Light therapy is a form of treatment – often used for Seasonal Affective Disorder (SAD) – that is quickly becoming a popular and alternative form of therapy for mental health disorders, and sleeping ailments. From easily available wellness lamps on e-commerce websites like Amazon, to health bloggers suggesting it in place of allopathic treatment, light therapy is making waves. But how exactly does it work, and what is the logic behind it?
The Concept of Full Spectrum Light Therapy
Light therapy involves a specific amount of intense exposure to light (under controlled conditions). The most common form of administering it is through fluorescent bulbs placed behind some kind of screen that diffuses the light. The person receiving the treatment has to sit in close proximity to the light. It is not recommended to stare directly at the light because most fluorescent bulbs and LEDs used in these lights contain a high level of blue light that can penetrate through protective layers and can be harmful to your eyes. Rather, the person engages in normal, day-to-day, stress-free activities (such as reading, writing, eating meals) for the duration of the exposure (which can range anywhere from 10-15 minutes, upto 3 hours).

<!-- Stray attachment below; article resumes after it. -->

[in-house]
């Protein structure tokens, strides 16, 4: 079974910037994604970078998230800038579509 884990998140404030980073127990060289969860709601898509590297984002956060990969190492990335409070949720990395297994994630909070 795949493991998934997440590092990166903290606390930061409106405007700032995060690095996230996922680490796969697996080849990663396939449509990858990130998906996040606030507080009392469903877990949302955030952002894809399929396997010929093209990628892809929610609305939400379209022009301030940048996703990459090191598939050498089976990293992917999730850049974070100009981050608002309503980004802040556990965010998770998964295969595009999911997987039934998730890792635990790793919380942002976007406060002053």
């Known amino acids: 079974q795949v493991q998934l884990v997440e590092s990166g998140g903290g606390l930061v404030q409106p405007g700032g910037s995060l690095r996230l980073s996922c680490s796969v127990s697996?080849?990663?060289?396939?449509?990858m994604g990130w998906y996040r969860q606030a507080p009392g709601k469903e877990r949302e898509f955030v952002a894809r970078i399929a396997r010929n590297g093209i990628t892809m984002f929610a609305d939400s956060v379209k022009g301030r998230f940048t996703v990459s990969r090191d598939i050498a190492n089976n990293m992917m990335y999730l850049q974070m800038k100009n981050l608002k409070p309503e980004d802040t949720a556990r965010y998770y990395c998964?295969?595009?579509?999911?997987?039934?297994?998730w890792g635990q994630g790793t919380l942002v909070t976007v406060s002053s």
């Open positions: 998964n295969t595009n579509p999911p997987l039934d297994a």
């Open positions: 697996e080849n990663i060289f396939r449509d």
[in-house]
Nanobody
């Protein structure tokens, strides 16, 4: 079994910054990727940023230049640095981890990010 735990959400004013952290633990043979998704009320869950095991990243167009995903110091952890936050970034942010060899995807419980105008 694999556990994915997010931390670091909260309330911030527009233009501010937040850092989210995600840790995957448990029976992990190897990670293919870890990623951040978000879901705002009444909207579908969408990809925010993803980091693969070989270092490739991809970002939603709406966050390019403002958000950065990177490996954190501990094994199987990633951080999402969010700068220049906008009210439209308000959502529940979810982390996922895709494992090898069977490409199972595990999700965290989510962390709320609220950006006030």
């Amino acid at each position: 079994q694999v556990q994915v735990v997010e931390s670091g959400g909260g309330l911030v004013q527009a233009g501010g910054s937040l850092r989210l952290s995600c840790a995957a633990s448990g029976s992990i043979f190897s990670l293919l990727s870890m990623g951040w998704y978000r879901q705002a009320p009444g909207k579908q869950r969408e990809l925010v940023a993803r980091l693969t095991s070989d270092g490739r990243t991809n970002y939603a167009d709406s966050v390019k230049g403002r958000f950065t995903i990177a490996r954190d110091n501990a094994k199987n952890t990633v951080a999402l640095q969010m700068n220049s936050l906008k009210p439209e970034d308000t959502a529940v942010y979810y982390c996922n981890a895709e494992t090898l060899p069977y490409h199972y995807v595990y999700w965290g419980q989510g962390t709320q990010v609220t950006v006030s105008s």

The “dose” of the therapy is dependent on the condition, and decides a number of factors: how high the intensity of the light is, how long the exposure occurs for, how often therapy is done, and even the time of day when the treatment is administered.
Where is Light Therapy Used
Light therapy is used in the treatment of several conditions, such as jetlag, sleep disorders, altering circadian rhythms, and dementia. However, it is most commonly used to treat depression – especially seasonal affective depression. Since our eyes process light differently during different times of day, and different seasons expose us to different amounts of natural light, the brain chemical reactions can adjust depending on the time of year. Exposure to light therapy – which is essentially used as a substitute for the abundance of natural light during spring and summer – can cause this adjustment to be countered.
Benefits of light therapy include improved vision clarity, mental awareness, vitamin D synthesis, mood, and scholastic performance.
Therapy that is focused on natural environments is highly supportive of this form of therapy, since it mimics sunlight without introduction of allopathic medication. Although light therapy has had minimal side effects and is highly encouraged as a safe form of treatment, it is not an end-all form of therapy. The most effective use of light therapy is under correct guidance, and in combination with other forms of treatment for health disorders (whether seasonal or chronic).
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